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What's Up with Facebook's Workplace?
As Facebook readies itself for its Enterprise Connect debut next week, keynoter Frerk-Malte Feller, director of Workplace ecosystem partnerships, took some time to catch me up on where things stand with the company's enterprise-focused team collaboration app, Workplace, and where it's going next.
In the year and a half since launching Workplace, Facebook has signed on more than 30,000 organizations around the globe, the company has reported. These customers range from the smallest of the small -- a small nail salon in London with a dozen or so employees -- to the largest of the large -- Walmart, the largest private employer in the world with some two million employees, Feller told me. Between the extremes are companies such as Delta Airlines, Starbucks, Spotify, Lyft, and Deliveroo.
"And we're not done yet," Feller said. "We're certainly encouraged by the first year and a half, but our vision is to bring new transparency and interactivity to all organizations around the world."
The beauty of Workplace, Feller said, is that people are familiar with Facebook; they know how to use it and so start using Workplace immediately. And while organizations adopt Workplace for productivity gains, users experience the side benefit of feeling better connected. "It reduces the distance across office sites, and people feel more closely connected across hierarchies as well," he said.
Given its universal appeal, Facebook doesn't really have a sweet spot when it comes to the type of companies it targets with Workplace, Feller said. The difference is more around how Facebook works with a company, depending on size, he added. For example, a small nail salon wouldn't have much need for product integrations or handholding, while large enterprises would require "all the usual enterprise SaaS suspects" and more personalized attention, he said. "We have a strong ecosystem in place on service and product integration that allows us to serve the individual needs of each business," he said.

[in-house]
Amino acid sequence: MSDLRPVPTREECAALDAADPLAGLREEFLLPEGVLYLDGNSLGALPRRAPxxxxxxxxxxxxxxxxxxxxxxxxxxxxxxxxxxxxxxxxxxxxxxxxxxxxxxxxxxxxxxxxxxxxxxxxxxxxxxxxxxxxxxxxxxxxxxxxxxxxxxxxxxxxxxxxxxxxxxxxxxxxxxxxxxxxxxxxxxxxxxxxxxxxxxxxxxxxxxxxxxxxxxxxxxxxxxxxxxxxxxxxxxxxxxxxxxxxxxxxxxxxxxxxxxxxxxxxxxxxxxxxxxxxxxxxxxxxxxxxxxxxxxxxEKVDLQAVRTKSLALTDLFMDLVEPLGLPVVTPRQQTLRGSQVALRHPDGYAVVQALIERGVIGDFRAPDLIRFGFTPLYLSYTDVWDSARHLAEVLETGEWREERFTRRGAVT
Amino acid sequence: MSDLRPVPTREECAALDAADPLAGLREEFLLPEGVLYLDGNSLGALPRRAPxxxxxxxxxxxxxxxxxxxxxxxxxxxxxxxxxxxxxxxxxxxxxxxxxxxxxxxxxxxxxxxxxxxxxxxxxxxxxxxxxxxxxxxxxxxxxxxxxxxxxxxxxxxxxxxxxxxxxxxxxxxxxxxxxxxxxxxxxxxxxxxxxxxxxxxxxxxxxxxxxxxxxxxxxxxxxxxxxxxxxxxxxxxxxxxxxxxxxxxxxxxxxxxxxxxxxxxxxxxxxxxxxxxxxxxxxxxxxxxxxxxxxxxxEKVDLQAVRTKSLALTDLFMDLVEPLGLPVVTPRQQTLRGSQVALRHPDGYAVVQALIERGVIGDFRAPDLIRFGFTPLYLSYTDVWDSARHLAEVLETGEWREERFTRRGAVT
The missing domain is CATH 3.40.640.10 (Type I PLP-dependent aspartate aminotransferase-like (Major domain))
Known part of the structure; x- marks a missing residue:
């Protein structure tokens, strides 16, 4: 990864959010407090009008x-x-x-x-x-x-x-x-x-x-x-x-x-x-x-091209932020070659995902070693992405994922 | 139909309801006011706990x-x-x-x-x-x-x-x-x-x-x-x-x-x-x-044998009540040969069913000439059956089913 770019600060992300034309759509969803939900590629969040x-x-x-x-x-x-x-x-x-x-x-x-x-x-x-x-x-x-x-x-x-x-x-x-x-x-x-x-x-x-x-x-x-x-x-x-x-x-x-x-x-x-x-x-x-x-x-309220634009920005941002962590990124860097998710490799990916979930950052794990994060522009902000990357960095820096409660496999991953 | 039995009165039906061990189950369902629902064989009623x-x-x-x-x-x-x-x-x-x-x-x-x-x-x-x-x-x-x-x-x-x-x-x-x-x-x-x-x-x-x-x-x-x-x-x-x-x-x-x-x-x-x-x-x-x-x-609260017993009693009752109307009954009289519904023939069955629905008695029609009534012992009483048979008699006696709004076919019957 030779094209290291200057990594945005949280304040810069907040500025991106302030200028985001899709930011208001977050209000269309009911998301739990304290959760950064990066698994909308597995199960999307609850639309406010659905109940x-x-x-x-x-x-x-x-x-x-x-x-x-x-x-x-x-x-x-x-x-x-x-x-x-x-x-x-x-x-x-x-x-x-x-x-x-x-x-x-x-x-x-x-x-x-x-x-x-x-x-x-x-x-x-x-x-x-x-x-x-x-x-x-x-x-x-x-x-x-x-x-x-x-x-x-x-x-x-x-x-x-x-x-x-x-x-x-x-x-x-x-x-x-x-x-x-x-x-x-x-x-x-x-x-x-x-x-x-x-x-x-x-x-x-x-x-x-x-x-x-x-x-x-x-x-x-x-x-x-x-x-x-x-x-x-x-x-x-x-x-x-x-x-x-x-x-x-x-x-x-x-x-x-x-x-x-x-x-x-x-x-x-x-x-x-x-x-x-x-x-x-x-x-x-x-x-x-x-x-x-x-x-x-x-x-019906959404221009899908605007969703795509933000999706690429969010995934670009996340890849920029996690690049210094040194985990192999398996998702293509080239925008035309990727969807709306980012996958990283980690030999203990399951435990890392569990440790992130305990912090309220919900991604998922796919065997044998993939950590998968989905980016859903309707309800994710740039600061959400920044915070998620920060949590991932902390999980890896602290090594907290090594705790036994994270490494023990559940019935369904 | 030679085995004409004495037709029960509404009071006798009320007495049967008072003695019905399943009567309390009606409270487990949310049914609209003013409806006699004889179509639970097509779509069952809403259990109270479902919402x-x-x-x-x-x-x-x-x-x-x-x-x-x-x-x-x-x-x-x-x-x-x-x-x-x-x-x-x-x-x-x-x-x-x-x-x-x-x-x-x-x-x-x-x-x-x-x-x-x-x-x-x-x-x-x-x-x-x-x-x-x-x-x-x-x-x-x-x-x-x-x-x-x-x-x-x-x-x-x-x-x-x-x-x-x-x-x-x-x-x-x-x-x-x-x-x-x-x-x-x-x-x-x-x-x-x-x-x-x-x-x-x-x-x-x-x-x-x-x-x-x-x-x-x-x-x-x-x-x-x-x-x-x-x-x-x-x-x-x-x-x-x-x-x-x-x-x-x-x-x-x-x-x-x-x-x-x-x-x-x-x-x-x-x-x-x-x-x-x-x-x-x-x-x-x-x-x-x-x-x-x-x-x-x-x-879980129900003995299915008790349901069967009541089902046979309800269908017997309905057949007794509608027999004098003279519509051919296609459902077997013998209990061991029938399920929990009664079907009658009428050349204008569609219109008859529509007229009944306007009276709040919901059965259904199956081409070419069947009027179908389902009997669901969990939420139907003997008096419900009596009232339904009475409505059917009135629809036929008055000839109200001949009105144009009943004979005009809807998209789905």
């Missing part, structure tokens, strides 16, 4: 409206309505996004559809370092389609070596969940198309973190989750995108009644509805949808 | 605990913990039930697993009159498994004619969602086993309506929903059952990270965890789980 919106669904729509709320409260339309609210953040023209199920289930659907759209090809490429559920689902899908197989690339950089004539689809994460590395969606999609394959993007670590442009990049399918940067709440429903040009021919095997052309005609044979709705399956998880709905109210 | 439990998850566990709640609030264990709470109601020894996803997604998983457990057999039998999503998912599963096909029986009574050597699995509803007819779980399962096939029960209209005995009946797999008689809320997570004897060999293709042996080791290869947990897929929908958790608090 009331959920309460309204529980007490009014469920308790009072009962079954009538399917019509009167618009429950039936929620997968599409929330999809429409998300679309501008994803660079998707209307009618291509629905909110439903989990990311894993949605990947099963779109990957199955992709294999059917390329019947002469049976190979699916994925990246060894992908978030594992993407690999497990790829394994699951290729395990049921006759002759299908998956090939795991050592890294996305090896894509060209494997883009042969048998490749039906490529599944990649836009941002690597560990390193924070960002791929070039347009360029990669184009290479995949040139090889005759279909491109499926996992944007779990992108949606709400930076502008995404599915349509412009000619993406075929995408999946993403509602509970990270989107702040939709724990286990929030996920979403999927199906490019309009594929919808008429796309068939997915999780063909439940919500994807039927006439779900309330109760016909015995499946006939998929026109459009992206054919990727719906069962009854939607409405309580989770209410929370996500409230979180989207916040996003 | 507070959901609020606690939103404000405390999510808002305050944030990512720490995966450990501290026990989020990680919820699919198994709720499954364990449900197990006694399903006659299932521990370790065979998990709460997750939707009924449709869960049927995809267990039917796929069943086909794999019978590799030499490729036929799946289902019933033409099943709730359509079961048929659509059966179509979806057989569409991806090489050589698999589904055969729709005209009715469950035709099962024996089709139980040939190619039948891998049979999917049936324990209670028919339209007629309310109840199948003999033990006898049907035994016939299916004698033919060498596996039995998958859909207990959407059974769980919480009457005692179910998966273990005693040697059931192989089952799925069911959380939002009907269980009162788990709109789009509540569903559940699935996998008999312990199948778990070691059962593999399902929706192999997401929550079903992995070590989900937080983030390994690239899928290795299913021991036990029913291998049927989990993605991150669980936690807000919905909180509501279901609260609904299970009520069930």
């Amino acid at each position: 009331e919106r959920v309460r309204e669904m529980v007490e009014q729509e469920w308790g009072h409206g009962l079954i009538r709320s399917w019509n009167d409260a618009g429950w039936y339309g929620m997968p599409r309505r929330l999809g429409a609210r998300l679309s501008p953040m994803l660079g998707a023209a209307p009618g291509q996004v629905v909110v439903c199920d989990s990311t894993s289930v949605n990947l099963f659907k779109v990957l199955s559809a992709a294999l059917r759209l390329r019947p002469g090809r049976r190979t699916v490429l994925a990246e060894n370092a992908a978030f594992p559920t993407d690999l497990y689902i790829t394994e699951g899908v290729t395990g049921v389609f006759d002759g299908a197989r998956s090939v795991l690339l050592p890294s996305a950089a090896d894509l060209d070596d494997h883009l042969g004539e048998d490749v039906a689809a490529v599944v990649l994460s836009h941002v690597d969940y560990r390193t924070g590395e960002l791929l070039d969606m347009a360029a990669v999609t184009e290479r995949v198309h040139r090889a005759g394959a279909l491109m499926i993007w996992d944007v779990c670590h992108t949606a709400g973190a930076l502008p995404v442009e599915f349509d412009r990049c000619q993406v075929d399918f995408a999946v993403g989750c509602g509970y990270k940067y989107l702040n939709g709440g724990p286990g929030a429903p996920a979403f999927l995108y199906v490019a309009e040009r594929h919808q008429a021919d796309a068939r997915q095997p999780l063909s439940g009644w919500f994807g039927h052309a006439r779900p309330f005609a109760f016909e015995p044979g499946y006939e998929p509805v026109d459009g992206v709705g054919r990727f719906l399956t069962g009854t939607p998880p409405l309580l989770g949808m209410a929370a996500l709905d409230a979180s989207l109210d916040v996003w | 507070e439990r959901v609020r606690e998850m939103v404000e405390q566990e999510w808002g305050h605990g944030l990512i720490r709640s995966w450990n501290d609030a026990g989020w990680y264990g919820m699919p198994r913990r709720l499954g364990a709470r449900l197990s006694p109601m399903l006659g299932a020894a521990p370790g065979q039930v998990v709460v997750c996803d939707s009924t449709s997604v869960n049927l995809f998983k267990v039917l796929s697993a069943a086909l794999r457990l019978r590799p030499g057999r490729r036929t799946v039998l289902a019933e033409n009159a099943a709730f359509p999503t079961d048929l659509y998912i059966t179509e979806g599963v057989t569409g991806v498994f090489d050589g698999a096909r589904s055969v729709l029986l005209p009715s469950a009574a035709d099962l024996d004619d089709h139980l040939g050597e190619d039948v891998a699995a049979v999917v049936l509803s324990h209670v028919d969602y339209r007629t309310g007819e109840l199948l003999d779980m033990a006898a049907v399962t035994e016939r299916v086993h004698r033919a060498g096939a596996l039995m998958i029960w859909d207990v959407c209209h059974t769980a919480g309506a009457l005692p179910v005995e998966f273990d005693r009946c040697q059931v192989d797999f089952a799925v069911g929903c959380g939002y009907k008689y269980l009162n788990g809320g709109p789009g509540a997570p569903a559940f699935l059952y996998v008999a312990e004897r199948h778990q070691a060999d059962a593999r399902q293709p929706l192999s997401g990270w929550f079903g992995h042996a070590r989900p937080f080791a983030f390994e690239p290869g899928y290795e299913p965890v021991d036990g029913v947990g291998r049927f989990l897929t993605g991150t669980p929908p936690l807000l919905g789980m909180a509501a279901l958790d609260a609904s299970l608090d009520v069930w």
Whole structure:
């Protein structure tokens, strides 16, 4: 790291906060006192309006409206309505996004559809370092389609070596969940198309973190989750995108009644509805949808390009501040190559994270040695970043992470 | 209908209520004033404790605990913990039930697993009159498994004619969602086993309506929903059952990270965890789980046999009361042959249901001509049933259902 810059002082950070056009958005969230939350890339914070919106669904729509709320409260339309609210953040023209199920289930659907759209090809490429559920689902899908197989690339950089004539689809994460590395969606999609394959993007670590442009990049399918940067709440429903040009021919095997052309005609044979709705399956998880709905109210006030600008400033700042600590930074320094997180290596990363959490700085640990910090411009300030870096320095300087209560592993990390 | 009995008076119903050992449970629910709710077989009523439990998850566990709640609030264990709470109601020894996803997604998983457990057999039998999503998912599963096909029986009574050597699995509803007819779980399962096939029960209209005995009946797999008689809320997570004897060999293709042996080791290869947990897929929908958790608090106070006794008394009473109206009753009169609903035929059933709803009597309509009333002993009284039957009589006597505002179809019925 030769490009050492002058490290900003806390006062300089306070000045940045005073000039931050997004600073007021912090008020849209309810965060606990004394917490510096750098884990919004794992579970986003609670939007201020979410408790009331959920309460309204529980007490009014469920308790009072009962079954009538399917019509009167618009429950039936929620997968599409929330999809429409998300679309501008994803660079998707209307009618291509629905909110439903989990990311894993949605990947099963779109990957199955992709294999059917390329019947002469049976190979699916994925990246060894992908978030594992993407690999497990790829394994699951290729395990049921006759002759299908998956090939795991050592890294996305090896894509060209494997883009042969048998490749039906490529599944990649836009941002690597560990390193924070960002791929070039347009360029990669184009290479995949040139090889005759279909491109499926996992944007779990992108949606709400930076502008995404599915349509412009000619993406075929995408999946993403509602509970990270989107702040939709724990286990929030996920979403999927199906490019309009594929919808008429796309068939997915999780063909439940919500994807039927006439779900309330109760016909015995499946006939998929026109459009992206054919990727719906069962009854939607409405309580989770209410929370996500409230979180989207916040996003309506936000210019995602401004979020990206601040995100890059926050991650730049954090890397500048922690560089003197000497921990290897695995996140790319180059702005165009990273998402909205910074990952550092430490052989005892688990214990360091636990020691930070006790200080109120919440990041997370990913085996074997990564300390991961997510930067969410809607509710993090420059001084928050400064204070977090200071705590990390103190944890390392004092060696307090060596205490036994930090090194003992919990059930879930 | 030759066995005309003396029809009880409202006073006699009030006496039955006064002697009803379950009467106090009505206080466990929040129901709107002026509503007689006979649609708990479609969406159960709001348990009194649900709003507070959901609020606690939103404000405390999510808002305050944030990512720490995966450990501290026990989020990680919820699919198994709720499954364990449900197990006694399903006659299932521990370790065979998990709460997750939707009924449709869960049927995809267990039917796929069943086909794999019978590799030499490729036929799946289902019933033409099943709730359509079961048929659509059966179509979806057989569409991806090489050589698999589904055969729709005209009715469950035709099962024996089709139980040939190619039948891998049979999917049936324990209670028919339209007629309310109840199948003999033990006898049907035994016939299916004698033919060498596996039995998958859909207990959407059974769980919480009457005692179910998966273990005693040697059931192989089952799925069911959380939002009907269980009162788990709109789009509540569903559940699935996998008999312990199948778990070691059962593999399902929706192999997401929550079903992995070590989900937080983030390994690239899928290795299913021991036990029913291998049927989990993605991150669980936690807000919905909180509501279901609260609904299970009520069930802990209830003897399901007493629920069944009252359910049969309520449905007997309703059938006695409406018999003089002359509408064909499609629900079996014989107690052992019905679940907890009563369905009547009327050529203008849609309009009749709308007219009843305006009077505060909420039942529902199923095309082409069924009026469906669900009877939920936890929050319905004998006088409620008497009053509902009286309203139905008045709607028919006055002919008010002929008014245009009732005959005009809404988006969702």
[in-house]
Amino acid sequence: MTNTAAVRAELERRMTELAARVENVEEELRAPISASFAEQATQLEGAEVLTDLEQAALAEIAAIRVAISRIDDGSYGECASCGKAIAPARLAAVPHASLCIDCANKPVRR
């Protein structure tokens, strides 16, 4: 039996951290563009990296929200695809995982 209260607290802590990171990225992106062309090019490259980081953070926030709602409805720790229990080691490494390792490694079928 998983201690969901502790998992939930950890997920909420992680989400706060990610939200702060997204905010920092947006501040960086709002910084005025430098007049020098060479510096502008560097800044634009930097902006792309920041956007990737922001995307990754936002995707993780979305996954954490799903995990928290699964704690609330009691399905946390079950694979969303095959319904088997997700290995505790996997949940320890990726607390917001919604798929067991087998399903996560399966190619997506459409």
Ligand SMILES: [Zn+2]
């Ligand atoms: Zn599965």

And to those naysayers who question whether Workplace is really enterprise-ready, Feller pointed to those 30,000 customers as evidence that this should no longer be a concern. "I think this was a concern maybe a year and a half ago when we first got going, but not today with how we've evolved the product," he said, pointing to Facebook's ISO 27001 security certification as one example. "We've invested heavily in enterprise security, in addition to the security underpinning the Facebook platform."
Facebook sees one of its enterprise strengths as its ability to collect customer feedback and respond, Feller told me. For example, after launching Workplace initially, Facebook reviewed customer feedback around usage and responded to user needs by building a Workplace Chat desktop application. "Desktop is still an important surface for many people," Feller said. "It's not just about mobile for everyone."
Partnerships Bring Value
Facebook attaches a lot of weight to strategic partnerships in helping the company meet its goal of turning Workplace into the command center of work," he said. "We are no longer working in a world operating like a walled garden," he added.
Facebook distinguishes between service and product partnerships. On the services side, partners like Deloitte and Slalom are important for helping users get the most out of Workplace by encouraging them to think differently about how they get work done, Feller said. On the product side, lots of integrations are fundamental, he added. These include single sign-on, productivity tools, video collaboration.
"Our goal is really not to grow the ecosystem to its largest max," Feller said. "We want to make sure people have access to the tools that help them do their jobs better. It's a people-first strategy. We're not just doing integrations for the sake of integrations. It's to help give people a way to manage the exploding business SaaS ecosystem."
When Feller takes the stage for Facebook's keynote on Wednesday morning, expect to hear more about how Workplace has been successful in changing the environment in which people work. Additionally, Feller will dive deeper into Workplace's strategy around integrations and how its partner ecosystem is a key enabler of its success.
Moving forward into 2018, Facebook is looking to push that command center notion, Feller said. The company will be investing in its efforts to "connect everyone," and exploring use cases to make teamwork even easier, he added. At Facebook's F8 event in May, expect to see an expansion of the integrations available with Workplace as well as developments around connecting multi-company groups through the platform, he said.
Feller will take to the keynote stage on Wednesday, March 14, at 11:30 a.m. And attendees can learn more about Team Collaboration in general at Enterprise Connect 2018, March 12 to 15, in Orlando, Fla. Register now using the code NOJITTER to save an additional $200 off the Regular Rate or get a free Expo Plus pass.
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